1. Poch needed to go, and I was happy when Mourinho came in to replace him because at the time he was by far the best available option. Had I known Ancelotti was going to become available shortly afterwards, I would have much preferred him, but hey ho. These things happen. Having said that, I'm very close to the end of my tether with regards to Mourinho. Even with Kane and Son out, there was absolutely no reason for us to set up so defensively against Norwich and Burnley. No offence to either team, but I think both games showed that when we actualy did try and play on the front foot, we were by far the better team. And that's my beef. I don't mind pragmatism when we're playing the big teams. Poch never really showed any, and his record in those games cost him, especially away from home. But pragmatism in every game? To me, that's ridiculous. Though we miss them, would playing on the counter really suit Kane and Son? I don't think so. His tactics are an issue. His team selections are an issue. His public flailing of our record signing is a massive issue. Results may have improved since Poch left, but the performances haven't. If Nigel Pearson can turn Watford around without his 'own' players, then why can't Jose Mourinho? To me, that's a very important question.
    1. You really should at least bother to watch his press conferences and then you would have a much better idea of exactly why he is setting the team up as he is. He's been saying for at least 6 weeks that the team is made up of very tired players, or players coming back from injury and not 100% up to speed. For that reason, he thinks (backed up by sports science) that the majority of every starting XI cannot play high tempo, front foot, pressing football. Or more accurately, if he asked the team to play higher tempo / pressing football, they could manage it for about 20-30 mins and then they'd fall in a hole and we'd concede umpteen goals. So his way to give this team with these huge problems the best possible chance is to set up conservatively and manage our fitness through the first 60 mins, and then when the opposition is tiring, we bring on players like Lamela (who recently could only play 20-30 mins) and we then 'go for it'. It's not a fun tactic to watch for fans, but had our defence and multiple goalkeepers not made stupid individual errors in every match, then the tactics would have yielded far better results given we have only lost by the odd goal in most recent matches despite looking a shadow of our peak 2017 selves.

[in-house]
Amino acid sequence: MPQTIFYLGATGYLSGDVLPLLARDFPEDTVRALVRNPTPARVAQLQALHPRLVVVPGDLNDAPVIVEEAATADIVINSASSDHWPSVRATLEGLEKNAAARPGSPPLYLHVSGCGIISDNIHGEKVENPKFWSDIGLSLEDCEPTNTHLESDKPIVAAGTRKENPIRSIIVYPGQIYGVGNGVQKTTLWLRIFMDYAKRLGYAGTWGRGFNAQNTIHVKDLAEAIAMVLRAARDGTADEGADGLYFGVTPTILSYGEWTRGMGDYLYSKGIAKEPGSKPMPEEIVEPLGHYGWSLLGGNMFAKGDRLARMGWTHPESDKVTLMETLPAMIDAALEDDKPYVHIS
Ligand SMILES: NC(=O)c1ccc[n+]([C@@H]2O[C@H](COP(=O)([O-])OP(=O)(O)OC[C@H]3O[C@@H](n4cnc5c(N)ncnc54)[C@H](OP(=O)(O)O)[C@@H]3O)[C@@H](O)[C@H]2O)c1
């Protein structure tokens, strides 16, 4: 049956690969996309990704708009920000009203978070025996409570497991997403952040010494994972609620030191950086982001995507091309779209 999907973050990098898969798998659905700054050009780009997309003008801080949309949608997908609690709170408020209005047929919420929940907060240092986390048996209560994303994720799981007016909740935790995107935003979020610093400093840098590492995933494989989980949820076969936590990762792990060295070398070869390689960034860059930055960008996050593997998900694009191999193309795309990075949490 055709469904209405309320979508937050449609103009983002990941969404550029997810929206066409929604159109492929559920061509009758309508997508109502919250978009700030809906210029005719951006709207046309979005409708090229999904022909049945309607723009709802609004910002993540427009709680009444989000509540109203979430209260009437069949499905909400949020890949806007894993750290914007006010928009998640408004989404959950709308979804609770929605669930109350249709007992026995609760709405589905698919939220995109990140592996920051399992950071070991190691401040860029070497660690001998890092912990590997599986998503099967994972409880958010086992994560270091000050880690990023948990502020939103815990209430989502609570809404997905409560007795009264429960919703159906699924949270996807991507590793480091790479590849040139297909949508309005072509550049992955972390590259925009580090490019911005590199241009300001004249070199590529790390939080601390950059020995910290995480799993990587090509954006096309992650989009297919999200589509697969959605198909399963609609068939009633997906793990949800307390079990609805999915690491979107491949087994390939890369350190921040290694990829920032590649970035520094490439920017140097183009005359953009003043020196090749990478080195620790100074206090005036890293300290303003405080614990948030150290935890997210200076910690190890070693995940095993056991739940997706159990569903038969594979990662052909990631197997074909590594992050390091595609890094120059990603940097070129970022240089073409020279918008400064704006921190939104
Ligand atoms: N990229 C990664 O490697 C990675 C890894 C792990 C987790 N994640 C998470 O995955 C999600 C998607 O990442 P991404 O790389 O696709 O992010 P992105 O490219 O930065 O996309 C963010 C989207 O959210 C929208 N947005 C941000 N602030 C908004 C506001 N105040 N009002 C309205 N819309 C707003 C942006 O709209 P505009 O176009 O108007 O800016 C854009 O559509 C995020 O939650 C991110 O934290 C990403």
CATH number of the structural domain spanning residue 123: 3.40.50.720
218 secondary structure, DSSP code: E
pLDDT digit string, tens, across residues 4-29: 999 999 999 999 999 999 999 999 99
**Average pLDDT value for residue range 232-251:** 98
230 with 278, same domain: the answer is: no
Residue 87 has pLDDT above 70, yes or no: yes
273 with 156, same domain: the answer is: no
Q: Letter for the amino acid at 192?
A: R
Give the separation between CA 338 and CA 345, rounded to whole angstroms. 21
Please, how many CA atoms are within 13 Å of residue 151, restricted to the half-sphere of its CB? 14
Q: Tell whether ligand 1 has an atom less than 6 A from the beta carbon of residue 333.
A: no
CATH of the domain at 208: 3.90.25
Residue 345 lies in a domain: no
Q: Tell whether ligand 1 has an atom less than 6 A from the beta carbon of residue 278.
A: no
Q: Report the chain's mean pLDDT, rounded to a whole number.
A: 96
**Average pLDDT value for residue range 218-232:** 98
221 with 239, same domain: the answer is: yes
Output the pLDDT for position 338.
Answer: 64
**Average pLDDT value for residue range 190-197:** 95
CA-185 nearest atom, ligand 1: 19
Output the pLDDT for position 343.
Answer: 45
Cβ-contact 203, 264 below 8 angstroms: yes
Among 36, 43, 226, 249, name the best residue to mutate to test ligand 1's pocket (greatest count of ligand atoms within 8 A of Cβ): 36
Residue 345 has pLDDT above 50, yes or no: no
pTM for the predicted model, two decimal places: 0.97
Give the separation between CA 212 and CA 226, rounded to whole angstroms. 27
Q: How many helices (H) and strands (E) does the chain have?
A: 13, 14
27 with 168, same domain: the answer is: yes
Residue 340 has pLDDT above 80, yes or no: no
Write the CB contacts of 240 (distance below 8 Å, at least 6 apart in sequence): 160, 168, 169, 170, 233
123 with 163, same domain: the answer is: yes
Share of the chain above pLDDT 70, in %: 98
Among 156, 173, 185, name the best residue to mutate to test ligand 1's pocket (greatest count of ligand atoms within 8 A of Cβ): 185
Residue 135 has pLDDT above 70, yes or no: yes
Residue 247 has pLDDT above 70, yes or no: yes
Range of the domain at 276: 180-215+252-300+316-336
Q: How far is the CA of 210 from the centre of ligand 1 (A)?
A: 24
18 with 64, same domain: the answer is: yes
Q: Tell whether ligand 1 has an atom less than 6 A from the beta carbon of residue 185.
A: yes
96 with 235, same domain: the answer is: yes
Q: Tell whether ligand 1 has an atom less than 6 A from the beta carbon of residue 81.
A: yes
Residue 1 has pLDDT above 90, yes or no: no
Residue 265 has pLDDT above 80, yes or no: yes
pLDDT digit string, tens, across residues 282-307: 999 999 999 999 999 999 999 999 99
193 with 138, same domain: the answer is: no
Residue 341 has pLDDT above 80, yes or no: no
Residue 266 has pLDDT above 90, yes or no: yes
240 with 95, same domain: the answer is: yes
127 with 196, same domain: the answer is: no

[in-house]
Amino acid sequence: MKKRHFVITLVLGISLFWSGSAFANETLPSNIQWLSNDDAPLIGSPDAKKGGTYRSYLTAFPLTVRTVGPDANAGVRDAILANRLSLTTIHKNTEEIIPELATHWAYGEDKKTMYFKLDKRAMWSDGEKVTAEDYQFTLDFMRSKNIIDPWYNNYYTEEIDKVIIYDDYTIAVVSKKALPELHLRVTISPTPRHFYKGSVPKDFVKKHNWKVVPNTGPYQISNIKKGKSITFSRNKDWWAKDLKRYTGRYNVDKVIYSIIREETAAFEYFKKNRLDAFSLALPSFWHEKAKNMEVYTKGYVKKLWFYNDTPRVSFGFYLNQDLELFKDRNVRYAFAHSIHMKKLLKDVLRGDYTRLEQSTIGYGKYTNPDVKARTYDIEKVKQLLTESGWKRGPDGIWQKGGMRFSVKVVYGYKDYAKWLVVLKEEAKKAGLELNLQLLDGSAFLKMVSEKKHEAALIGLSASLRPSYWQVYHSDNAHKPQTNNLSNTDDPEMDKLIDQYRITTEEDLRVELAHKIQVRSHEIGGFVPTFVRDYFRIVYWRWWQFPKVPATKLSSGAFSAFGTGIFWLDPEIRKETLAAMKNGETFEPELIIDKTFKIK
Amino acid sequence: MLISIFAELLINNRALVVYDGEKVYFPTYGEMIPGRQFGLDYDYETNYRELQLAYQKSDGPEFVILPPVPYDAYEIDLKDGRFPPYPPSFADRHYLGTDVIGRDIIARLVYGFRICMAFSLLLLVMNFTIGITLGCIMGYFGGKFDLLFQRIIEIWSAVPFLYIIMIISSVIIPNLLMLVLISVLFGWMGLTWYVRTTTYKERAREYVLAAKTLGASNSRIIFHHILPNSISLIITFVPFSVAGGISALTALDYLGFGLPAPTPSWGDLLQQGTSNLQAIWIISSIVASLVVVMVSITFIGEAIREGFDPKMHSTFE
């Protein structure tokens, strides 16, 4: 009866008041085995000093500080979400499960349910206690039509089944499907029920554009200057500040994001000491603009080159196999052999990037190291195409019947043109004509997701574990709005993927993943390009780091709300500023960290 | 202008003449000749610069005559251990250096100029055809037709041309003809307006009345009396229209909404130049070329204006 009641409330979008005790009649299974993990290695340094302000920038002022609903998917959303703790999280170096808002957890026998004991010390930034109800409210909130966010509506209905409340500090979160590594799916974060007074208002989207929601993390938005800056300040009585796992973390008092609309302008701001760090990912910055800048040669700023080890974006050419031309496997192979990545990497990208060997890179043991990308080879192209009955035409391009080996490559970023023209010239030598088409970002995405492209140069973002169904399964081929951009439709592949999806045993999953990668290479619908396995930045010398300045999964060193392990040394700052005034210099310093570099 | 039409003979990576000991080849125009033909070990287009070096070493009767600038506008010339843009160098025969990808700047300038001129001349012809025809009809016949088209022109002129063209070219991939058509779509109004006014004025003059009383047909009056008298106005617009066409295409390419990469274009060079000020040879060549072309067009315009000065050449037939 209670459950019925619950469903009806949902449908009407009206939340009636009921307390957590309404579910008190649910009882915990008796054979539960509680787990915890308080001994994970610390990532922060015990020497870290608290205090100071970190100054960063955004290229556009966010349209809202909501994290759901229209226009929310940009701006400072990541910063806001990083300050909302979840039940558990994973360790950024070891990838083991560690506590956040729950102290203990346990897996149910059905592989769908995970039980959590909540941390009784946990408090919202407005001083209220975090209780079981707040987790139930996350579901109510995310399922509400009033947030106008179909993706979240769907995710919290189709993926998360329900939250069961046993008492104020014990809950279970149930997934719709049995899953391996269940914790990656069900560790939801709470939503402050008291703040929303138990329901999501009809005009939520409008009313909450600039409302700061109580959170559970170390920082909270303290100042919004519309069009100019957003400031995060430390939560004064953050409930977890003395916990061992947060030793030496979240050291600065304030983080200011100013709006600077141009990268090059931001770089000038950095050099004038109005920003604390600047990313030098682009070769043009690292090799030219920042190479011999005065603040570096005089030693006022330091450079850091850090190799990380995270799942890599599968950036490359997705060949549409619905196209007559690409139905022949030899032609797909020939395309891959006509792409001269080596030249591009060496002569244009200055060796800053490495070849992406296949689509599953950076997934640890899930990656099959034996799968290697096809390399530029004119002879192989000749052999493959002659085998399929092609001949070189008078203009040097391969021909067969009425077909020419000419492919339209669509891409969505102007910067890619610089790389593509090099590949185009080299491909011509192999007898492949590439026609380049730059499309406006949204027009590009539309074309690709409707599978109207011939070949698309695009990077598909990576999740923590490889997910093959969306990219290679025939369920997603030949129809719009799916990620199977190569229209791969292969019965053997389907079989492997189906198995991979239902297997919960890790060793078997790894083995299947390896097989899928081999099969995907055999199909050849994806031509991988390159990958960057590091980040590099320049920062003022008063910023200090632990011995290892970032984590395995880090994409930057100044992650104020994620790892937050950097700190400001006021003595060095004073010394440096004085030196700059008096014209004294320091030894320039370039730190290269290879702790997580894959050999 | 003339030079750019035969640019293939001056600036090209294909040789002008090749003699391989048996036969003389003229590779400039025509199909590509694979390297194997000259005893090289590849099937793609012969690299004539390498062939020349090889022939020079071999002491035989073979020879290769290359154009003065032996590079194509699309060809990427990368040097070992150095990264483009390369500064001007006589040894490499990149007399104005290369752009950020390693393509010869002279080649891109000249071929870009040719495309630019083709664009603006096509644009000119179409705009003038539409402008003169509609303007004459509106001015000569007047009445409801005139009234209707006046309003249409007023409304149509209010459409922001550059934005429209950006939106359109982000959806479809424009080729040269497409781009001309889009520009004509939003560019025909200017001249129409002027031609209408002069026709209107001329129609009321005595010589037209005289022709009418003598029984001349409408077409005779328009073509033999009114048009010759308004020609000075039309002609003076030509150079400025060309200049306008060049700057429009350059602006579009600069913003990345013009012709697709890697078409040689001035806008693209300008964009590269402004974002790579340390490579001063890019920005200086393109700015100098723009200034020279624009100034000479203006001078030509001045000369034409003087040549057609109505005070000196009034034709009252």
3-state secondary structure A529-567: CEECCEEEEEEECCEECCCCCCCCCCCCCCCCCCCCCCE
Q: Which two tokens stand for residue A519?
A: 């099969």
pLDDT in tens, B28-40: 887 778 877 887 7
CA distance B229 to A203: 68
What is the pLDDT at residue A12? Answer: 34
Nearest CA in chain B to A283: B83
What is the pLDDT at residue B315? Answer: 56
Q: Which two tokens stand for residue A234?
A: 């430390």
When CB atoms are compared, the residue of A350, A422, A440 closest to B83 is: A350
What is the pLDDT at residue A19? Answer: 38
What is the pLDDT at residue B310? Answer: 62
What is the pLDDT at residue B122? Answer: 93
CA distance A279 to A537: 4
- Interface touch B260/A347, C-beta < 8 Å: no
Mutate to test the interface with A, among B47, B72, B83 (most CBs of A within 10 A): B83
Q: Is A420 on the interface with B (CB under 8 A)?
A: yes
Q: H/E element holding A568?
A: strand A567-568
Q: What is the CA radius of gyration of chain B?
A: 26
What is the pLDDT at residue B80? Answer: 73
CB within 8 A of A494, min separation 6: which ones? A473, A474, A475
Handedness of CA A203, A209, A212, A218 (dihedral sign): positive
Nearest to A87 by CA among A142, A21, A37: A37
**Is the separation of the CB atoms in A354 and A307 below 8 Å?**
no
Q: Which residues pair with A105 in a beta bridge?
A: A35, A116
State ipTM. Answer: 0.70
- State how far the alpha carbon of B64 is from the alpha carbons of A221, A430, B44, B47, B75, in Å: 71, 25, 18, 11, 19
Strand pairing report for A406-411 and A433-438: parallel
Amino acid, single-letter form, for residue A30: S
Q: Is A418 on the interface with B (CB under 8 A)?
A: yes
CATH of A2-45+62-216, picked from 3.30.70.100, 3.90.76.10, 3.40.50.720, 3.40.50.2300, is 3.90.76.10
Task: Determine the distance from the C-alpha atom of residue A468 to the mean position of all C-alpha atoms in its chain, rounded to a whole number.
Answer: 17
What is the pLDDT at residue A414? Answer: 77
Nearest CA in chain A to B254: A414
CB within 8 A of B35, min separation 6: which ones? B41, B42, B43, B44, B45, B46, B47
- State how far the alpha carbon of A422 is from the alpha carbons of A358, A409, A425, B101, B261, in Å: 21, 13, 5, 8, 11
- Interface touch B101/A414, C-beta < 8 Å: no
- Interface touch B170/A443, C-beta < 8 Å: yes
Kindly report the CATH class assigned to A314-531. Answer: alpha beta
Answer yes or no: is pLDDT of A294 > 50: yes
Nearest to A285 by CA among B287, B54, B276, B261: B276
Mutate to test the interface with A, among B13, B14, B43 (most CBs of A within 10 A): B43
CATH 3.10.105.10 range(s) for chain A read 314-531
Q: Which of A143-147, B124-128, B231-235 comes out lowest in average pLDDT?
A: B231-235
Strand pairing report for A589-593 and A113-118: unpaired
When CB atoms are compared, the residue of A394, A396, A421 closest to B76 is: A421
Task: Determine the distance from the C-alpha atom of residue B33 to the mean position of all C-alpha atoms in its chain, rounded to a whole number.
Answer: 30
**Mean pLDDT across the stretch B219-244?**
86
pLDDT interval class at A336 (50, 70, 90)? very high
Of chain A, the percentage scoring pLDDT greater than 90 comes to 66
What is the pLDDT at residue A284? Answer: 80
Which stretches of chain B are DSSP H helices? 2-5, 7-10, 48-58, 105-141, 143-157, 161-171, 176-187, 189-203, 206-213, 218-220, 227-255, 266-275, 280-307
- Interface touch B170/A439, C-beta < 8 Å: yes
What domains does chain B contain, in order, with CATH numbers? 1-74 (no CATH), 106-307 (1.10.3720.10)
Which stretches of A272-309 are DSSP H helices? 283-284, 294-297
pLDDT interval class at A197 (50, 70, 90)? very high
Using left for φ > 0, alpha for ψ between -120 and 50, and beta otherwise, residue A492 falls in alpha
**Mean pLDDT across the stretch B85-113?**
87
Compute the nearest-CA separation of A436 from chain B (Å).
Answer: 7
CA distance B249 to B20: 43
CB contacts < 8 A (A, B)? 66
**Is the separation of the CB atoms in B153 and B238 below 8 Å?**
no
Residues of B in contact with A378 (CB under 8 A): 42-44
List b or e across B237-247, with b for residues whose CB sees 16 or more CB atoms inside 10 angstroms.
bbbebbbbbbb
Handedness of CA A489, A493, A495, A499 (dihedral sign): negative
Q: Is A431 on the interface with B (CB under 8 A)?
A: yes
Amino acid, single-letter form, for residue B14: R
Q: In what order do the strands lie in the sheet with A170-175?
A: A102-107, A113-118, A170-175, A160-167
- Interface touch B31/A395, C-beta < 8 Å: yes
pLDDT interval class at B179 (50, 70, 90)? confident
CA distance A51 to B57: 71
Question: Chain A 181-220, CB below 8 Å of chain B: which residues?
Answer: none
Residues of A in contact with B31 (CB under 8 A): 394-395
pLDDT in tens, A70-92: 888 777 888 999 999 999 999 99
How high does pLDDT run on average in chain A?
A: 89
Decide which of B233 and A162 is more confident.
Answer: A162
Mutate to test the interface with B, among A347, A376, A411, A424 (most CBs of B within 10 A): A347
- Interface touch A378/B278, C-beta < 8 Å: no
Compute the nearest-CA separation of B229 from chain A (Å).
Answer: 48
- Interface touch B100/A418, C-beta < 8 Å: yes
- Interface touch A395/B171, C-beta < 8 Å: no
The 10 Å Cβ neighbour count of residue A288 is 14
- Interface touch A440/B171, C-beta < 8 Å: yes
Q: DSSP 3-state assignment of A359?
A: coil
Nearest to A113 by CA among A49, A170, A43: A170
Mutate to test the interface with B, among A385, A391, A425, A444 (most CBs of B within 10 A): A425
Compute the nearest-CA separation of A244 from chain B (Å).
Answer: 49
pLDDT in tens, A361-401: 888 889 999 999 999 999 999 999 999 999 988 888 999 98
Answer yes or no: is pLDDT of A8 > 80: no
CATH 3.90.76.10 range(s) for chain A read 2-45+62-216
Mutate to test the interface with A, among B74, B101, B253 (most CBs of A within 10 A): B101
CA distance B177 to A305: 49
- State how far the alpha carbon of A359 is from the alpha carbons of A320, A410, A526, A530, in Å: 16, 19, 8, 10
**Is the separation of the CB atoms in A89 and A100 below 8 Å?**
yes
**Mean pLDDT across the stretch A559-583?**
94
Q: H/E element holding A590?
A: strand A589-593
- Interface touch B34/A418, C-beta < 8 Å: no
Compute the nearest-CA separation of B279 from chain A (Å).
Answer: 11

2. Our defenders have forgotten how to tackle since they started putting their hands behind their backs as soon as anyone shapes to shoot.
  2. Chris, that first paragraph makes me sad because it’s only football, it really isn’t worth getting so upset about. Of course it’s great to be so passionate but being so worked up about what other fans think isn’t worthwhile. You have your opinion about spurs, they have their opinion about spurs. In the end, it’s just an opinion about people kicking a ball around. So by all means get worked up about results but allowing football results to impact your mental health is really not rational!
  3. My question is where do we want to be in 5 years time? Poch overachieved and took us to a level we hadn't enjoyed since a fleeting glimpse with Harry Redknapp. The appointment of Mourinho, a serial winner but with baggage, in theory could keep us at that level but can he reinvent himself and compete tactically with City and Liverpool? I personally think Levy has put everything in place towards a golden future or to sell us to America and the revenue being generated now will allow us to compete financially with the best. Does he go all out now and fund Mourinho or wait for the next manager?
  4. A very good piece, which pretty much sums up the frustrations of supporting Spurs at the moment. The Brexit analogy really rings absolutely raging at something they have no control over. The entitlement of some who think just because we played decent football over the last few seasons, it`s always got to be that way (obviously weren`t around in the late 70s or mid 90s!) The roller-coaster ride of being in Champions League final then a few months later, battling Wolves, Burnley and Sheff Utd. for 7th spot! Truth be told, I don`t think Jose will prove to be the right fit for us......but ya know what? there is nothing whatsoever you or I can do about it!!
  5. Mourinho "lost" the dressing room at Man Utd by publicly moaning about and criticising players. Has he not learned anything or could it be a character trait. Tottenham lack a "football man" among the directors as so many useless signings or lack of would not have occurred in recent years! Tanguy is a great signing but the team set up so far has not seen the best of him. Maybe Jose is right and his approach will be a success who knows.50/50 on present form.